I did a quick back-of-the-envelope calculation that suggests someone could slow down the earth's rotation by 5% by spending $30 billion on electricity to turn a motor in the appropriate direction.

Re:Human beings (1)

guruevi (827432) | more than 3 years ago | (#35506110)

All mechanical engineering students know you can accomplish that with a 1HP motor. Finding the gears might be somewhat more of a challenge though, maybe we could use the moon as a gear.

Re:Human beings (0)

Anonymous Coward | more than 3 years ago | (#35506308)

What is the motor attached to?

Re:Human beings (1)

arth1 (260657) | more than 3 years ago | (#35506282)

Well, if you climb a mountain, or move towards the equator, you will slow down the earth's rotation.
This in turn reduces the centrifugal force, and makes everybody slightly heavier.
Lawsuits will follow.

It's a dupe! (1)

Anonymous Coward | more than 3 years ago | (#35505200)

Re:It's a dupe! (3, Funny)

travdaddy (527149) | more than 3 years ago | (#35505278)

That's OK, now we can repost all the comments from that story and get modded up!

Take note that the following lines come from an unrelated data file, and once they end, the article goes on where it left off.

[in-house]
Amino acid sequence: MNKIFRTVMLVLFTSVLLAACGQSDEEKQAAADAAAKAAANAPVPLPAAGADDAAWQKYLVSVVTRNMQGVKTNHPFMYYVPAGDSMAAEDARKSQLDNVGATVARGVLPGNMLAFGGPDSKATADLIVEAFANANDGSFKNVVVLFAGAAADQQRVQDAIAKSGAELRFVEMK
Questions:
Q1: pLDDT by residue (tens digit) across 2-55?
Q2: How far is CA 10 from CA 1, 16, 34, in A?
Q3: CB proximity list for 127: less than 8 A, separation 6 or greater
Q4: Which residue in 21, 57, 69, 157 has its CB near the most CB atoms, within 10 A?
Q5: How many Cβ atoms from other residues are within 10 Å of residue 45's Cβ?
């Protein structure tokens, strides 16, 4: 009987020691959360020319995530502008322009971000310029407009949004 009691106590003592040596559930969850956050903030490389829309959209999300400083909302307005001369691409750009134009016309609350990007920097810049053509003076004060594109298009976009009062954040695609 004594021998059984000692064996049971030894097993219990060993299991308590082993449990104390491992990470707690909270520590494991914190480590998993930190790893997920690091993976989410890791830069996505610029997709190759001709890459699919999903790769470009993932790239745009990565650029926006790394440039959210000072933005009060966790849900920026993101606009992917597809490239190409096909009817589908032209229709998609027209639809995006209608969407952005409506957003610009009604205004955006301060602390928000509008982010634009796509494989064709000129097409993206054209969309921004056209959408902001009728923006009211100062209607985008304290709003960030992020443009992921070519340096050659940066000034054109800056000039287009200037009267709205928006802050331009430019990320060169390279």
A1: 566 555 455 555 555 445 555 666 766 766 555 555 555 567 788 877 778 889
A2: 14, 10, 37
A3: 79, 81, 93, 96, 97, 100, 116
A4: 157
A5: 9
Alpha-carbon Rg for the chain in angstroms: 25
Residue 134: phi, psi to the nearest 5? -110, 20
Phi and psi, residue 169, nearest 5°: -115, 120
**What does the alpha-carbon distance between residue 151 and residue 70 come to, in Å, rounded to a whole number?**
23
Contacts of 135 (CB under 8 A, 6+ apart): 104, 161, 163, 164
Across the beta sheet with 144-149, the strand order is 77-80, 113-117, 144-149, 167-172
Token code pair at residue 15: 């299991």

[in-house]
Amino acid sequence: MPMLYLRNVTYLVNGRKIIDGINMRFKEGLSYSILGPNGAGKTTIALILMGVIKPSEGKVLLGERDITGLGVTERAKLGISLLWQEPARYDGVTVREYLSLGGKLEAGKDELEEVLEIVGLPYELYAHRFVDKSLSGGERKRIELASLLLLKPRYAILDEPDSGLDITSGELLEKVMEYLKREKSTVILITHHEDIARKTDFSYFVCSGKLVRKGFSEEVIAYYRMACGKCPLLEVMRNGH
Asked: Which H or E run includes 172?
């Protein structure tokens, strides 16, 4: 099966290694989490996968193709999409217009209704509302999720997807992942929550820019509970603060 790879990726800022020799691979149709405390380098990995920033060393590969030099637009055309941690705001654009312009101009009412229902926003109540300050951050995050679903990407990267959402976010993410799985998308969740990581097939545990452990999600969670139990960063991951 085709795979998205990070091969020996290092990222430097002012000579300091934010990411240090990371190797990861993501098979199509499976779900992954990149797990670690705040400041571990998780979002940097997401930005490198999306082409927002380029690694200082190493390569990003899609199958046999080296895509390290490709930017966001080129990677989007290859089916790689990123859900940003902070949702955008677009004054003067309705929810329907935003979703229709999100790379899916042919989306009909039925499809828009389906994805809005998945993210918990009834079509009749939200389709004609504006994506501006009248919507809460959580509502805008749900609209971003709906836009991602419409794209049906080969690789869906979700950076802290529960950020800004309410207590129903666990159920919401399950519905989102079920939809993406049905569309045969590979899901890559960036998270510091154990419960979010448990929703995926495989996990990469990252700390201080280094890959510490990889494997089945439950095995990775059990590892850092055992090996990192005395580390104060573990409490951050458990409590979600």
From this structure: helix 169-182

"People of Earth, at 18:00 GMT March 10 we all jump at the same time and regain our microsecond!"

Hm, maybe I should have changed the date on that one.

Re:It's a dupe! (1)

GodfatherofSoul (174979) | more than 3 years ago | (#35505402)

Great! I can go home a few microseconds early today. [slashdot.org]

Hope this works, I need the karma!

Re:It's a dupe! (0)

Anonymous Coward | more than 3 years ago | (#35506114)

Just decided to troll the moderation system (+1 Informative). Drink a beer, think of me. Cheers.

Know your reader (5, Funny)

lxs (131946) | more than 3 years ago | (#35505202)

Did I read that correctly? Did the summary explain to us what a microsecond is?

Re:Know your reader (0)

Anonymous Coward | more than 3 years ago | (#35505358)

Apparently some of us aren't engineers. I guess that explains a few things.

Re:Know your reader (1)

CastrTroy (595695) | more than 3 years ago | (#35505368)

Many people don't know what the common SI prefixes mean. When we were kids, we used to refer to the partial seconds (hundreds of a second or centiseconds?) as microseconds. I'm sure that common mistake stuck with a bunch of people into adult hood. For many people microseconds probably has no meaning at all, or they have the wrong meaning.

Re:Know your reader (1)

140Mandak262Jamuna (970587) | more than 3 years ago | (#35505546)